And I’m not saying that Iron Fist needs to be as fanciful as that movie, but there should be a joyfulness, a level of dexterity for the most part missing from the first season.

Some of the changes I’ve mentioned–such as a new showrunner–have already been initiated, though arguably the most important–is the fighting because keep in mind that Danny Rand’s martial art abilities are to him what The Punisher’s penchant for violence are to him: an indispensable part of the character’s makeup.  

Gerald’s Game – Review

Screenshot 2017-11-27 00.46.08Gerald’s Game, currently on Netflix is a remarkable bit of television because it understands that horror is more than things that go ‘bump’ in the night, but is also a way of working through the most evil of demons, namely those that haunt us in our everyday, waking lives.

And imagine to my surprise to learn that it’s directed by Mike Flanagan (Oculus, Ouija: Origin of Evil) who understands that the best horror is like a satisfying meal in that it sticks to your ribs.

So when you combine Mike Flanagan’s minimalistic direction (with not a jump scare in literally the entire movie) with a story written by Stephen King, the likelihood is that both auteurs will brew a potent, horrible (in the best possible way) stew.

Carla Gugino and Bruce Greenwood star as Jessie and Gerald Burlingame, who we meet when they’re preparing for a holiday (though when Gerald packs two pairs of handcuffs we know that whatever is going to go on will be at the very least, very, very interesting).  As the story progresses we learn that much of what we learned about the couple earlier is a facade, revealed by nothing less than a Shakesperean narrative device.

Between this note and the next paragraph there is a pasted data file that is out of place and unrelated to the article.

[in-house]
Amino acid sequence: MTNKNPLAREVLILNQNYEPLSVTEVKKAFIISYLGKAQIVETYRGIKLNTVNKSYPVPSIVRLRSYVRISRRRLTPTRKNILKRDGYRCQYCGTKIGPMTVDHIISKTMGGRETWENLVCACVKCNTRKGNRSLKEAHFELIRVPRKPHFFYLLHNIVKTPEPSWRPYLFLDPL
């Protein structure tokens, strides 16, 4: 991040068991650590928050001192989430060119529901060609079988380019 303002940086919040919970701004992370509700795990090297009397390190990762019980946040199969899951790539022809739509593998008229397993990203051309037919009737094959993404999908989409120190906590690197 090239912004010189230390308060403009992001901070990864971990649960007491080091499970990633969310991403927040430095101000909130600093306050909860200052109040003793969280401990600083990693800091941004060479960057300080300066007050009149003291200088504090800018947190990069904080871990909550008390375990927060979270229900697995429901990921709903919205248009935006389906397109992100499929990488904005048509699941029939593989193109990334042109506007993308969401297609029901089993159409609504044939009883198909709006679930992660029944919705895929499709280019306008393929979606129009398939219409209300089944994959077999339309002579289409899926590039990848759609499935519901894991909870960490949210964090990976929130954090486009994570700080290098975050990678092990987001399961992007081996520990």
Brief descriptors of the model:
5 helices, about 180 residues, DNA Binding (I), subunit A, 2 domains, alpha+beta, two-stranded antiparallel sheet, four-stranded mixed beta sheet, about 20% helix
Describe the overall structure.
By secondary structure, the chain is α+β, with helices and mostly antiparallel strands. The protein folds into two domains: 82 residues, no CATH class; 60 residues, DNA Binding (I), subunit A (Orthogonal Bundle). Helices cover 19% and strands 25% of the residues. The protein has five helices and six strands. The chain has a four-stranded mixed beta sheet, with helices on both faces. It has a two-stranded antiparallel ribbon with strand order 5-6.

While having more in common with a psychological thriller than outright horror, Gerald’s Game isn’t afraid to scale that fence when it comes to it.

So if you haven’t see Gerald’s Game, consider giving it a spin but keep in mind that some games–once you start playing–are Hell to stop.

Welcome To Millarworld?

Screenshot 2017-11-08 02.38.43I thought the benefit of Netflix buying Millarworld (the publisher of comics like Kick-Ass and The Golden Circle) was to provide competition to Marvel and DC (especially when you consider that Disney is starting their own streaming service sometime in 2019 and taking their content–Marvel Studios, Lucasfilm and Pixar–with them.

According to Vulture, Netflix is planning to launch a new comic via Millarworld, The Magic Order, about a bunch of magician families that come together to protect the world against a threat potentially more powerful than themselves.

Which is interesting because I’m no longer certain what direction Netflix is taking with Millarworld, and perhaps more importantly, why (other than to keep the comic publisher out of someone else’s hands)?